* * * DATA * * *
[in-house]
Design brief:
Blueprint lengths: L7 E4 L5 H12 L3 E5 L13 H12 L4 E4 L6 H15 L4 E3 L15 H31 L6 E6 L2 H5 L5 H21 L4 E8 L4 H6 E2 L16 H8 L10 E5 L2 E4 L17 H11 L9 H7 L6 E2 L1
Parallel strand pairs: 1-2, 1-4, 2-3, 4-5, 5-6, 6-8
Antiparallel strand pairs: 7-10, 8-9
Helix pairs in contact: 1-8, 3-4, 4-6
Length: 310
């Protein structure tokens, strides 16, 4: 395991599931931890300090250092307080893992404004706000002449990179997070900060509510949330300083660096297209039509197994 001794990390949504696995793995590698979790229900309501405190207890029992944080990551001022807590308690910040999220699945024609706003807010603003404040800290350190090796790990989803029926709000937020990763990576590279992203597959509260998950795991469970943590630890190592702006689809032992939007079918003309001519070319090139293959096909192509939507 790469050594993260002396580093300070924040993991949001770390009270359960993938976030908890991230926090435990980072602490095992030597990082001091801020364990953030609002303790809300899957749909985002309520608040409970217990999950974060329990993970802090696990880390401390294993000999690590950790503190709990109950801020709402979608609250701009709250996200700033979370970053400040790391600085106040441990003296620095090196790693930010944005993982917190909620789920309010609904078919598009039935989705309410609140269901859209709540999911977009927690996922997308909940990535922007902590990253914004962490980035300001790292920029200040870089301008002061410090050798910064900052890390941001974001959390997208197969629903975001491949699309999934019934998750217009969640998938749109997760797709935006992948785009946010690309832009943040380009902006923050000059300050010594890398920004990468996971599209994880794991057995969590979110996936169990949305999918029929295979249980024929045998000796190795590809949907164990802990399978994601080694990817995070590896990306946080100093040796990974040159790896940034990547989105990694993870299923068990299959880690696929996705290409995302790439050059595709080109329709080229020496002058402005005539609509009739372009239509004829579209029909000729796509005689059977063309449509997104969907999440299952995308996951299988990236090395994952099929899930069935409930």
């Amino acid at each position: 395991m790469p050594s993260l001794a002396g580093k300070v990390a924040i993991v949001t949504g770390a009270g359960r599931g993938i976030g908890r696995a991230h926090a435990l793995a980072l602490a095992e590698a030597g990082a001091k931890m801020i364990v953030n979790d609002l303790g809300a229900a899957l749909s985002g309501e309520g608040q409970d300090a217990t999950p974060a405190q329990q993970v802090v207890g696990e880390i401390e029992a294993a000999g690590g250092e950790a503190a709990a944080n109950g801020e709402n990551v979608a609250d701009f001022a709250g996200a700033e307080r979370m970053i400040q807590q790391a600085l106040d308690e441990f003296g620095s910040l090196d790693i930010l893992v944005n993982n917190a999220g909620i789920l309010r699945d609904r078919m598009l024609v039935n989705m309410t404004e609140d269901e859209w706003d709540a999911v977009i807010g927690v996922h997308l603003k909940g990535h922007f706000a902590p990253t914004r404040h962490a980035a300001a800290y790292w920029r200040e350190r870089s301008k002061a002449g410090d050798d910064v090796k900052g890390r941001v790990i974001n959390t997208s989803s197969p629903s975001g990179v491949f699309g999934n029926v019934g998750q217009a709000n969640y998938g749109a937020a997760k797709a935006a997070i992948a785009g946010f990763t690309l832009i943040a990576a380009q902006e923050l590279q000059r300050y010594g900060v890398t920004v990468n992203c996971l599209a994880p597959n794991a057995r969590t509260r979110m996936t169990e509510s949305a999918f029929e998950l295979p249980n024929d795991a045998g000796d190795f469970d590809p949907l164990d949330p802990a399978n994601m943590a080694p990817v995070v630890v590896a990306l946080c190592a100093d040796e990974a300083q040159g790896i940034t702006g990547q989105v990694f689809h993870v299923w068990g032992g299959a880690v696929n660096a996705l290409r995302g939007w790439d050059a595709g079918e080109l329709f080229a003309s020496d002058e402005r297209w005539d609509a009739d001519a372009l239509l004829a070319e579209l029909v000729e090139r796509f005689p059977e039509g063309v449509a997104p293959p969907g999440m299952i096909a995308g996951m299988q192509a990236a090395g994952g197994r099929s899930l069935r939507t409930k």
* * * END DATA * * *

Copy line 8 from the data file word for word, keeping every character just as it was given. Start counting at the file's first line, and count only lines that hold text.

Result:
């Protein structure tokens, strides 16, 4: 395991599931931890300090250092307080893992404004706000002449990179997070900060509510949330300083660096297209039509197994 001794990390949504696995793995590698979790229900309501405190207890029992944080990551001022807590308690910040999220699945024609706003807010603003404040800290350190090796790990989803029926709000937020990763990576590279992203597959509260998950795991469970943590630890190592702006689809032992939007079918003309001519070319090139293959096909192509939507 790469050594993260002396580093300070924040993991949001770390009270359960993938976030908890991230926090435990980072602490095992030597990082001091801020364990953030609002303790809300899957749909985002309520608040409970217990999950974060329990993970802090696990880390401390294993000999690590950790503190709990109950801020709402979608609250701009709250996200700033979370970053400040790391600085106040441990003296620095090196790693930010944005993982917190909620789920309010609904078919598009039935989705309410609140269901859209709540999911977009927690996922997308909940990535922007902590990253914004962490980035300001790292920029200040870089301008002061410090050798910064900052890390941001974001959390997208197969629903975001491949699309999934019934998750217009969640998938749109997760797709935006992948785009946010690309832009943040380009902006923050000059300050010594890398920004990468996971599209994880794991057995969590979110996936169990949305999918029929295979249980024929045998000796190795590809949907164990802990399978994601080694990817995070590896990306946080100093040796990974040159790896940034990547989105990694993870299923068990299959880690696929996705290409995302790439050059595709080109329709080229020496002058402005005539609509009739372009239509004829579209029909000729796509005689059977063309449509997104969907999440299952995308996951299988990236090395994952099929899930069935409930």